SEOUL, South Korea — Students holding out on the grounds of South Korea's main Roman Catholic cathedral began a fourth day of protest today as policemen fired tear gas to drive back a crowd of several thousand people trying to march on the cathedral in support of the students.
At mid-morning, the riot police had drawn their cordon around the cathedral even tighter. On the grounds of the church, beyond police lines, about 80 students and a Buddhist monk sat in a circle on the courtyard pavement, chanting responses to a rally leader. They wore white headbands and looked relaxed.
A light breeze had cleared the heavy smell of tear gas from the elevated compound, and another 100 or more students slept in long, makeshift tents. The compound contains six or seven auxiliary buildings and the cathedral itself. Nuns and priests moved about, but were not taking part in the student protest.
Rocks Behind Barricade
At the foot of the driveway was a barricade, a pile of rocks neatly stacked behind it. And there was an information booth, identified in Korean and English, but no English-speakers within. A priest said it appeared that the students intended to continue their occupation.
Lee Woong Hee, South Korea's minister of culture and information, issued a statement bristling with threats, both against the students and against a new opposition coalition.
The protests are the most sustained anti-government action mounted in downtown Seoul in seven years. The 40,000 U.S. servicemen stationed here are being warned to stay out of the affected areas.
The demonstrations erupted Wednesday when the ruling Democratic Justice Party nominated Roh Tae Woo, its chairman and a longtime friend and military associate of President Chun Doo Hwan, to succeed Chun next February.
Friday, after a day of calm elsewhere in the capital, scattered demonstrations broke out again in the downtown area. During the lunch period, several thousand workers from downtown shops and offices gathered and taunted the police. When the workers tried to march on the cathedral in support of the students, the police fired volley after volley of pepper gas, a virulent form of tear gas, into their ranks.
The marchers, dressed mostly in business suits and dresses, attempted to regroup and sang "We Shall Overcome" in Korean.
The street disorder continued long after nightfall, with students hurling rocks and firebombs at the police circling the Myongdong Cathedral. Protesters shouted "Destroy the dictator!" and "People power!" as they battled police hand-to-hand and broke up sidewalks for something to throw. Many bystanders applauded the attackers and booed the police.
Most Violence in Seoul
Most of the violence has taken place in Seoul, but officials said that more than 20,000 students have been involved in demonstrations at 37 universities around the country.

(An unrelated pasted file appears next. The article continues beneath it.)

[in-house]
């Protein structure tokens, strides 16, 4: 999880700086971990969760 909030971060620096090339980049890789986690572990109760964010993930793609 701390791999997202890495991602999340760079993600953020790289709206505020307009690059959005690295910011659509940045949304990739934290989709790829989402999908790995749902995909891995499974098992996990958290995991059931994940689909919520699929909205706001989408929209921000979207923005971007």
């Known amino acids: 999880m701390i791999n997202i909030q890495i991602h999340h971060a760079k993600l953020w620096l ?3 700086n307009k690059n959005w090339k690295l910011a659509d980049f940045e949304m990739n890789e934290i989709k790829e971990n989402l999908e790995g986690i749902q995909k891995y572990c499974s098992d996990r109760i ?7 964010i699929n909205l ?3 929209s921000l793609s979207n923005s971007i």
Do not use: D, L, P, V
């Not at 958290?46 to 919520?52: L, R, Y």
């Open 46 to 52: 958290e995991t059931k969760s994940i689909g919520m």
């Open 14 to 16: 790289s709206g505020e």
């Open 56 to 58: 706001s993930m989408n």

At Seoul's Yonsei University, about 4,000 students fought with police Friday as the result of a Tuesday incident. A student there has been in a coma since being hit in the head with a tear-gas canister fired by the police.
Priests at the Myongdong Cathedral, in the heart of downtown Seoul, informed the 500 or so students there that the priests and nuns would support the students if they agreed to forgo violence.
Three National Assembly members from the opposition Reunification Democratic Party visited the cathedral and were told by priests that they had urged the police to let the students go free. But the priests said they had received no response.
At the priests' urging, the students removed barricades of desks, chairs and street signs that they had thrown up at the entrance to the cathedral grounds. They swept the streets of rubble and washed away the powdered residue left by the tear gas.
The students spent most of Friday in discussions in the plaza at the entrance to the turn-of-the-century Gothic church. Food was brought to them by nuns and shopkeepers in the neighborhood.
A spokesman for the students told reporters that 70 of them had been injured, 16 seriously. Nine were sent to hospitals, he said.
Assails 'Radical Extremists'
Lee, the minister of culture and information, condemned the students holding out at the cathedral as "radical extremists." He said they were "flouting peace and order," and added, "If left unchecked, the disorderly mass sit-in . . . is almost certain to lead to . . . confusion in the basic national order."
Lee lashed out at the National Coalition for a Democratic Constitution, a newly formed group that includes clergymen and opposition members in the National Assembly. He said the group had led the demonstrations Wednesday with "a subversive intent to induce a violent revolution."